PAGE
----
Tidjane Thiam

Could the prodigy of a wealthy African family cut it in the hush-hush world of a Swiss big bank? Ultimately, the answer was no. On 14 February, Credit Suisse CEO Tidjane Thiam was forced to resign from his post following a number of leaks related in particular to a spying operation ordered by the bank. Thiam was apparently unaware of what was going on – practices described in certain quarters as par for the course at Credit Suisse.

Having already tendered his resignation, Thiam presented the Credit Suisse annual results, announcing a 70 per cent increase in net profit in 2019. Clearly, results were not the problem. The issue was more to do with Thiam’s backstory, which reads like a novel. Born into privilege, Thiam made the most of his intelligence and drive to study at France’s prestigious École Polytechnique, before becoming a government minister in Côte d’Ivoire, then ‘king’ of London’s financial district. His address book includes names such as Barack Obama, David Cameron and François Hollande. Thiam’s flamboyant background was never going to sit easily in the dour environment of a Swiss big bank. “When a person moves to a new country,” Thiam told the “Le Monde” newspaper in 2015, “I believe that the onus is on them to understand the culture in that country.”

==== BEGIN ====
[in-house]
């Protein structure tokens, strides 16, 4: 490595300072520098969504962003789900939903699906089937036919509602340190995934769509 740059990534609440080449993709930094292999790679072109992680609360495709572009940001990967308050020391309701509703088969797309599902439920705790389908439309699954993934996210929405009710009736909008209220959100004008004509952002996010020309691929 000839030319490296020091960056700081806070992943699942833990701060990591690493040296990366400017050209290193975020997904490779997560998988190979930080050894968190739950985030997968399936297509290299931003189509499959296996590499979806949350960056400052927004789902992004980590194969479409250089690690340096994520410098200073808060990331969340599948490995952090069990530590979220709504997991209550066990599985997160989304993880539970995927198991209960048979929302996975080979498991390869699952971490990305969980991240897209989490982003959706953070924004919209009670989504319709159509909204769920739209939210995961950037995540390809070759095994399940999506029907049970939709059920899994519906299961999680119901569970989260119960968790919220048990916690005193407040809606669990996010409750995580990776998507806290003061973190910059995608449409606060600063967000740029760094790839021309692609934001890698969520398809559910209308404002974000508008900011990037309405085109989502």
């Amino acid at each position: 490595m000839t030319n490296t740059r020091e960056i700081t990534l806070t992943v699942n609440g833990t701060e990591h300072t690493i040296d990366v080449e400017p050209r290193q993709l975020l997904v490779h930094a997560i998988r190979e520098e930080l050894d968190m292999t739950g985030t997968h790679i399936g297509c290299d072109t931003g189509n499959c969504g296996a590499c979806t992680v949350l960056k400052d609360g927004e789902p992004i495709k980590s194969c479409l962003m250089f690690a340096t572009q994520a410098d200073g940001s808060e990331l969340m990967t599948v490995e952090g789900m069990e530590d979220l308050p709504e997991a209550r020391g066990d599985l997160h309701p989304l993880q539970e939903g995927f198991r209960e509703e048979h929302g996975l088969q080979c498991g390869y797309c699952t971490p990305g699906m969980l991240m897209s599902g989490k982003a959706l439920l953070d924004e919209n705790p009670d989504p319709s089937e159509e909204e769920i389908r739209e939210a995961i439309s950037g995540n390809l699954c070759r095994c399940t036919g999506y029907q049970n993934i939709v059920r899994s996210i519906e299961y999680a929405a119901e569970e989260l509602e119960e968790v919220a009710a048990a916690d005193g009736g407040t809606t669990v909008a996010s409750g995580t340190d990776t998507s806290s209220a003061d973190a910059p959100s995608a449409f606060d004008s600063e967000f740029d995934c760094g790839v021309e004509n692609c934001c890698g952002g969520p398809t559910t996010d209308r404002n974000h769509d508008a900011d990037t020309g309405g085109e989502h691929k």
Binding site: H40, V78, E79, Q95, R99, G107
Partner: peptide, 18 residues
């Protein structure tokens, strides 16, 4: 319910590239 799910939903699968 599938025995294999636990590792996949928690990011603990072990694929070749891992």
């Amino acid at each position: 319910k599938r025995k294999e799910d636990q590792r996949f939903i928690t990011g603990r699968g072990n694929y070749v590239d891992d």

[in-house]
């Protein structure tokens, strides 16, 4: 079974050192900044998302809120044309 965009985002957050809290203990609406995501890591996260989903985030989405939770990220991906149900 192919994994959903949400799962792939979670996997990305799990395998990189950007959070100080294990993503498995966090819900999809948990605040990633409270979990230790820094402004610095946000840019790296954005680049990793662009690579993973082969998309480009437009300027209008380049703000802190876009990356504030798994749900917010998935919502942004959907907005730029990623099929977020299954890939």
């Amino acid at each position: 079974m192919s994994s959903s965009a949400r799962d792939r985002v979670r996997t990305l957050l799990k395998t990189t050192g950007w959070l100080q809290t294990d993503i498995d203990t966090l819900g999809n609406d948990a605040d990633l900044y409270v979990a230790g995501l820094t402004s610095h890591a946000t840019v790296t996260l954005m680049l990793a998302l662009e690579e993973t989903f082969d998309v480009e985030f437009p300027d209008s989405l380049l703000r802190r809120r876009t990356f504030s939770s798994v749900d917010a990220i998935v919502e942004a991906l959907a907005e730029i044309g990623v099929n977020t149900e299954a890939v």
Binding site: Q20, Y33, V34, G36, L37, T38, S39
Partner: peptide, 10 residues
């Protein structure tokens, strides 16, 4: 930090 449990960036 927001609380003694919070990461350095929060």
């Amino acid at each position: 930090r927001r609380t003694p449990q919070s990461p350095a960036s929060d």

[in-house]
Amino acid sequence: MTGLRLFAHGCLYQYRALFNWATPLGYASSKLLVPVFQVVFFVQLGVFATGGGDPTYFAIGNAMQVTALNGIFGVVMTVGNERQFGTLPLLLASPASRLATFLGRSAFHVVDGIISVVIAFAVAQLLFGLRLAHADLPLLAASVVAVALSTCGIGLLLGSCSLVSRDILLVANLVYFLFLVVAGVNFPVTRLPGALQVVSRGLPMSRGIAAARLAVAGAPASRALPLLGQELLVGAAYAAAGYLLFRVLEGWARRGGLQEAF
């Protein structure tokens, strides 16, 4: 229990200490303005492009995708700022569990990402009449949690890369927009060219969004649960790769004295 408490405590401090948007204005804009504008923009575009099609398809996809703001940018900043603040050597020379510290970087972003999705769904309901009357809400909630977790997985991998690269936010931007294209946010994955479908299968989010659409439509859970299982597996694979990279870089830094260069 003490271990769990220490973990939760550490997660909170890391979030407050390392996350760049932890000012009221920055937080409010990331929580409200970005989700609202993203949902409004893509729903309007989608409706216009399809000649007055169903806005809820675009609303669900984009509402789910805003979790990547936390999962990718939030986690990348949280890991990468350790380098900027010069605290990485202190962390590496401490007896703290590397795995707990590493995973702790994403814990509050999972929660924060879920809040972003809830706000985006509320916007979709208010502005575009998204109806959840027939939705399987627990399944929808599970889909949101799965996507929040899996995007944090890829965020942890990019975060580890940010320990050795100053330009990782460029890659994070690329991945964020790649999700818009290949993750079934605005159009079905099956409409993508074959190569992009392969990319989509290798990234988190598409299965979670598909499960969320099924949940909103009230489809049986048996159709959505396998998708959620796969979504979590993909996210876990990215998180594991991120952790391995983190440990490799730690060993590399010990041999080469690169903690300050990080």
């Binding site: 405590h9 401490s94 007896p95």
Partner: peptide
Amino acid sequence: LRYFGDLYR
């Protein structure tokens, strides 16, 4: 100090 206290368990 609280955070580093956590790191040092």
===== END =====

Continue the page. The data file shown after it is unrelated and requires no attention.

Although Credit Suisse is more international than Swiss, the bank needed someone more ‘grounded’. The solution came in the form of Thomas Gottstein, who was previously chief of Credit Suisse’s Swiss operations. This was the home-grown manager whom the Board of Directors presented as Thiam’s successor.

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